From there through to today, Kander grew, step by step, to become one of the most respected photographers working. He has captured the portraits of the likes of Barack Obama, Donald Trump, David Lynch and Thom Yorke. He is a commercial photographer successful enough to be able to step away from the fold and embark on great exploratory journeys, resulting in personal series like Yangtze, The Long River, his years-long study of China’s main artery of water, which won Kander the Prix Pictet in 2009.
But, even today, after three decades in the game, Kander is still beset by nerves before a commercial shoot, despite his skills. “I don’t love the process,” he says of his portrait work. “I’m still having to prove myself – to create something I won’t regret, that I can feel pride in. That effort and tension isn’t pleasant. Until the shoot is going well, it’s not that enjoyable. It’s not that I hang out with anyone I photograph. If I did, the photographs wouldn’t be good.”
Even on commission – and Kander has worked for clients as diverse as The New York Times, Nike, Sky and Comme des Garçons – the photographer has learnt to allow the studio to become consumed singularly “by the atmosphere of the person, and the atmosphere I bring myself.”
Kander admits to failing many times throughout his career. He has plenty of images he doesn’t now show, and looks back on some of his commercial shoots with some dismay. He doesn’t feel he had much of a lexicon through which he could talk about his work “until probably into my 40s.”
Kander has never worked for an agency. He has always been independent, represented by galleries in New York, London and Shanghai, and by a pool of trusted agents. Most of the portraiture Kander has taken over his career, and which have made him revered, have “come about by circumstance.”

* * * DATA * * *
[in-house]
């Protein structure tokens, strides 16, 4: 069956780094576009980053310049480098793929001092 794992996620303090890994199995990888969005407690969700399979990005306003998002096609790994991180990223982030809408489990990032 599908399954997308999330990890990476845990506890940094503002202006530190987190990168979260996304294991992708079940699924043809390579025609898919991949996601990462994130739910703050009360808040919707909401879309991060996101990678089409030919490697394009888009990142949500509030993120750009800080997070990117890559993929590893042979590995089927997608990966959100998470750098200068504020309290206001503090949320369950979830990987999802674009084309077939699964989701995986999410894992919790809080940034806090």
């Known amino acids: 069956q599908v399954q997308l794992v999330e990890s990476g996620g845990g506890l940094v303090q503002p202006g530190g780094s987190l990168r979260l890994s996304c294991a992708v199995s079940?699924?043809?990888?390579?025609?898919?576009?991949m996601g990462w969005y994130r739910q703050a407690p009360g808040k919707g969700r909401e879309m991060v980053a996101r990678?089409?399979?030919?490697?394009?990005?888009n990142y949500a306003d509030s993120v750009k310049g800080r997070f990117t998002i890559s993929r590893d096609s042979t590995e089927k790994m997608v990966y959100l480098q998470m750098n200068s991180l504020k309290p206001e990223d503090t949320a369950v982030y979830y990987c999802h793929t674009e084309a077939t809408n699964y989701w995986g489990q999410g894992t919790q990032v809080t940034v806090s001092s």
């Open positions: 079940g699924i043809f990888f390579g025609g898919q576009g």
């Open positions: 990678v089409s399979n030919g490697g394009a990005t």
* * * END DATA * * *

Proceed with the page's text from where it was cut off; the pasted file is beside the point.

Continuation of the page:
“When I speak to students, that’s always my message: you’ll never be great until it comes from yourself. There’s a thread that runs through everything that is inherent to you. How you are when you are yourself – if your work can come from that place, it will hang together.”
“I haven’t actually instigated that many,” he says. “Because they’re quite hard to do. I love having [the portraits] now, but they’re difficult. I think it’s about my relationship with myself – but that’s the most important thing for anyone.”
This, Kander says, is what he most wants to impart to those hoping to follow in his wake. “When I speak to students, that’s always my message: you’ll never be great until it comes from yourself,” he says. “There’s a thread that runs through everything that is inherent to you. How you are when you are yourself – if your work can come from that place, it will hang together.”
I leave after Kander shows me his most recent series. Titled Solitude – Quietude – Contemplation, it was made in the studio during the first lockdown. With intense detail, plastic figurines of the kind Kander remembers playing with as a child are situated in dialogue with each other – creating imagery, hermetic worlds, similar to the ones Kander created as a child in the heat of Johannesburg. At first glance, the compositions seem pensive, isolated, anxiety-wrought. But, as I step from the quiet of Kander’s studio and into the light and bustle of Kentish Town’s high street, I realise the figurines are about something different – of persevering, of meeting, and of hope.